Foraging For Morels – The Hidden Prize of the Forest
Foraging can be an excellent (and free) way to supplement your stock of edibles. It’s also usually a lot better exercise than going to the grocery store. Though I spend a majority of my time as a farmer cultivating and growing produce, and don’t have much time for foraging in the spring and summer; however, I have some friends who not only are some of the best produce gardeners I know, they are also enthusiastic, experienced foragers. They kindly offered to assist me in the creation of a few foraging articles, and today we will be talking about the identification, harvesting, and preparation of morels.
Morel Mushrooms – Morechella Esculenta
Morel Mushrooms are some of the most sought after mushrooms that wild foragers in North America and Europe can find. They are tasty and very popular among the foraging community. Prices vary, but as of the writing of this article, some people are seeing them go for anywhere from $20 – $50/Lbs! That means that a forager can not only make a nice side dish with morels; if you find the motherlode, you can pay for your entire grocery bill with these tasty fungi. My friends got into foraging for morels due to a pamphlet another friend of theirs gave them. Their interest was sparked, and due to the advantage of essentially living amongst a huge wilderness area, they took the opportunity to go out and look for morels. At first, they only found a few. As their eyes got more attuned to finding these mushrooms and as they gained more experience locating them, their success has grown and grown.
When foraging, it is incredibly important to be 100% sure of what you are harvesting. When in doubt, don’t pick it! My experienced forager friends and I strongly urge you to go foraging with an experienced individual first. Especially when it comes to mushrooms, consuming the wrong one can lead to severe health issues. Even if you accidentally cut the wrong mushroom with your knife, or have one bad one in your sack, it could contaminate everything else. Again, be sure before you pick. There are mushrooms known as “false morels” that are toxic and look very similar, so this is something to keep in mind.
With that being said, Morels show up in the springtime, anytime from late February through June, depending on your locale. Morel mushrooms can be from blonde all the way to deep dark brown in color. True morels have a cap that is directly attached to the grey or yellow stem, with no cavity or “umbrella” shape under the cap. The cap itself has a spongy, brain-like look to it with many cavities and ridges. With most morels, the cap will be longer than the stem. Once the cap is separated from the stem, if you cut the cap in half, it should be completely hollow. For more in-depth identification tips, I highly recommend getting a good field guide to mushrooms to take along when foraging.
Morel mushrooms can be found in deep black dirt, usually within earshot of running water. Often, they are found at the base of elm, cottonwood, aspen, or apple trees. Another area that they can really show up in is a previously wildfire burned area that has had a lot of rain. As with anything else, consider the water source if you find them close to water. Fungi have a high toxin uptake, and you don’t necessarily want to be consuming morels found near heavily sprayed farm fields or storm sewers. If you do encounter litter during your foraging time, bring along a spare trash bag to pick it up and leave things better than you found it.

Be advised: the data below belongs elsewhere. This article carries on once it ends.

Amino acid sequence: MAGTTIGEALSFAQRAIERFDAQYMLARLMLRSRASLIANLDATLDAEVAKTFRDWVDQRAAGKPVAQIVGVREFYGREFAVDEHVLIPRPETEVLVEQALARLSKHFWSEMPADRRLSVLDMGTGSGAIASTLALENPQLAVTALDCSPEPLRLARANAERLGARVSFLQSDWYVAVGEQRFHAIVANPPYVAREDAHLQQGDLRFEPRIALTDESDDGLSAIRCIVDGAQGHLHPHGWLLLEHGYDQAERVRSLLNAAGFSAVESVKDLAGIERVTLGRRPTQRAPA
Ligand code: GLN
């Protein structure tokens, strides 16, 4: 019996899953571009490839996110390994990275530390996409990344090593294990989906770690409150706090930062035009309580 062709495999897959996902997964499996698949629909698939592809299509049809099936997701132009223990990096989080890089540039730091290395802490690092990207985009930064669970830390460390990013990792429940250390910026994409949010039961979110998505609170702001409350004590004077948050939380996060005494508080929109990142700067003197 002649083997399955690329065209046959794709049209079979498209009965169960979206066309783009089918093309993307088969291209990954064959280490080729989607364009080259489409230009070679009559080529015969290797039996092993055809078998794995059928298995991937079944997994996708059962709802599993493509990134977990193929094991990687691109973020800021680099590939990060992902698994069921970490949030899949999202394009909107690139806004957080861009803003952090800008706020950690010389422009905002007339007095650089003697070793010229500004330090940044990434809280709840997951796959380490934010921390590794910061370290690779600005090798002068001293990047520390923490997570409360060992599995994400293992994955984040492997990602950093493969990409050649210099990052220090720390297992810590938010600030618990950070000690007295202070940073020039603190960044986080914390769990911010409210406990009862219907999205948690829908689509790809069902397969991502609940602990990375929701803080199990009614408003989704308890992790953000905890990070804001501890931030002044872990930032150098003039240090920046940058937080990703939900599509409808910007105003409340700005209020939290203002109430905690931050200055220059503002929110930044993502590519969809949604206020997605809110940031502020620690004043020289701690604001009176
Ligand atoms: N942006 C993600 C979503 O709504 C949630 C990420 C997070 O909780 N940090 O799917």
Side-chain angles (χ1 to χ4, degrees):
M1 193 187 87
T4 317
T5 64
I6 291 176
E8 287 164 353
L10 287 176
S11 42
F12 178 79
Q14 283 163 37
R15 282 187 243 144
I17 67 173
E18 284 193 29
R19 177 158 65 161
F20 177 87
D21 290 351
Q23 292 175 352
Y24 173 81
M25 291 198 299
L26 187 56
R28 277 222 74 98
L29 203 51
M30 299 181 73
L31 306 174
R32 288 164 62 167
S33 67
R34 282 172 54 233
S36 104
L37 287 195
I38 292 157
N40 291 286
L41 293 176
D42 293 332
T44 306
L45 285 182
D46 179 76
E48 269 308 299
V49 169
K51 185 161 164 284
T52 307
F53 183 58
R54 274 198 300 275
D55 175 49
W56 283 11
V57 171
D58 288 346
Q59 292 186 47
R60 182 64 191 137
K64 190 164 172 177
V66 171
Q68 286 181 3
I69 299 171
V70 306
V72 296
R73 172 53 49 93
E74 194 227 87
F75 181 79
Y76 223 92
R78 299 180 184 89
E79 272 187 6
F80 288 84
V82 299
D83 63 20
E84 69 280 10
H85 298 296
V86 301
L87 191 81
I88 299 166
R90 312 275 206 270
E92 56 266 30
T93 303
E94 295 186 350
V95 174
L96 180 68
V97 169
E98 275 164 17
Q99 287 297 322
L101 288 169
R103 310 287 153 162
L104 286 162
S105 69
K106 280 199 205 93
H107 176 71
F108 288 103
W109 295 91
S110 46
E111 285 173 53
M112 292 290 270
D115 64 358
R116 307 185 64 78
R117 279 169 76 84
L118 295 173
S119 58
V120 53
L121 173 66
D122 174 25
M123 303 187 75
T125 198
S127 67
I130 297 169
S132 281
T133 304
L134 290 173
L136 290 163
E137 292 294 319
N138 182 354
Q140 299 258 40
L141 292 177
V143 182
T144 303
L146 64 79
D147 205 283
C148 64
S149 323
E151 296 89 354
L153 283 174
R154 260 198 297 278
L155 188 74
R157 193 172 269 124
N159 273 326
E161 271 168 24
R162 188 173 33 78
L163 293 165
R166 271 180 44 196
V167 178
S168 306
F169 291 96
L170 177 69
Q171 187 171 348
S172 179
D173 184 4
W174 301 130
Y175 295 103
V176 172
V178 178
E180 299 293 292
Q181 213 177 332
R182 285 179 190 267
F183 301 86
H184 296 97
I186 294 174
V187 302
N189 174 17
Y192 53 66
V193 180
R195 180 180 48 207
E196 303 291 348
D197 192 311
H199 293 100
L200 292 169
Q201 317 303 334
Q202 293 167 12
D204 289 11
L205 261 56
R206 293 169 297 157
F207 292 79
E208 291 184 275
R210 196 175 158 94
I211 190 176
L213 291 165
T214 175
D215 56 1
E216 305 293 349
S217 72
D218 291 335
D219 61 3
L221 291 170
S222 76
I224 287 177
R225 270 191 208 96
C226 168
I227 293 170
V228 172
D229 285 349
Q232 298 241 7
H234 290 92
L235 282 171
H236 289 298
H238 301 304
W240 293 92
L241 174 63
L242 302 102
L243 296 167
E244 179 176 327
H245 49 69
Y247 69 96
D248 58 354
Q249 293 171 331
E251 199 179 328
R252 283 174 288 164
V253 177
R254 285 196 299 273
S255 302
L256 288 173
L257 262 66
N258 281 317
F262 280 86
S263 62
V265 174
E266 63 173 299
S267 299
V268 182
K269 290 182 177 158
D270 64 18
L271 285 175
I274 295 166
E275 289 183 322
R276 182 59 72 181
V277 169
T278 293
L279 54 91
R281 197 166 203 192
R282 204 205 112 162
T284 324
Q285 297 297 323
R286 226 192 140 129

Watch your step as you walk along, for they are small and can be easily stepped upon on your first outing. Once you find them, you can cut the stem close to the ground with a knife. This will encourage re-growth. Another technique to improve your morel harvest is to take along a mesh bag to hold the mushrooms in. As you harvest and are walking along, lightly shake the bag every so often in order to spread Morel spores.
Morel mushrooms should be cooked before consumption. They go great on a steak or atop mashed potatoes, among other things. Morels are full of minerals, including vitamin D, calcium, copper, iron and phosphorous. They are like the vitamins of the woods. When you get your morel harvest home, rinse them well. Some people like to brush them off with a wet paintbrush, but that can be too time consuming depending on what else you have going on. Then, you can cook them directly.
A good tip for any foraged food: start by preparing and trying a small test portion just for yourself, rather than a big dinner for all your friends or your family. If, unfortunately, you picked the wrong thing, or there’s something amiss with your harvest, you will likely only experience mild discomfort, rather than sending yourself and all your friends to the hospital.
For longer storage, one can place the morels on a drying screen. Once dry to the touch, you can put them in a dehydrator. To use them for cooking later on, you can soak to rehydrate, and then cook them.
Wild morels can be both an excellent addition to your diet, or an excellent supplement to your wallet if you find a good haul of them. The “morel of the story” (I couldn’t help myself) is that you should keep an eye out for these tasty, valuable fungi during your next walk in the woods.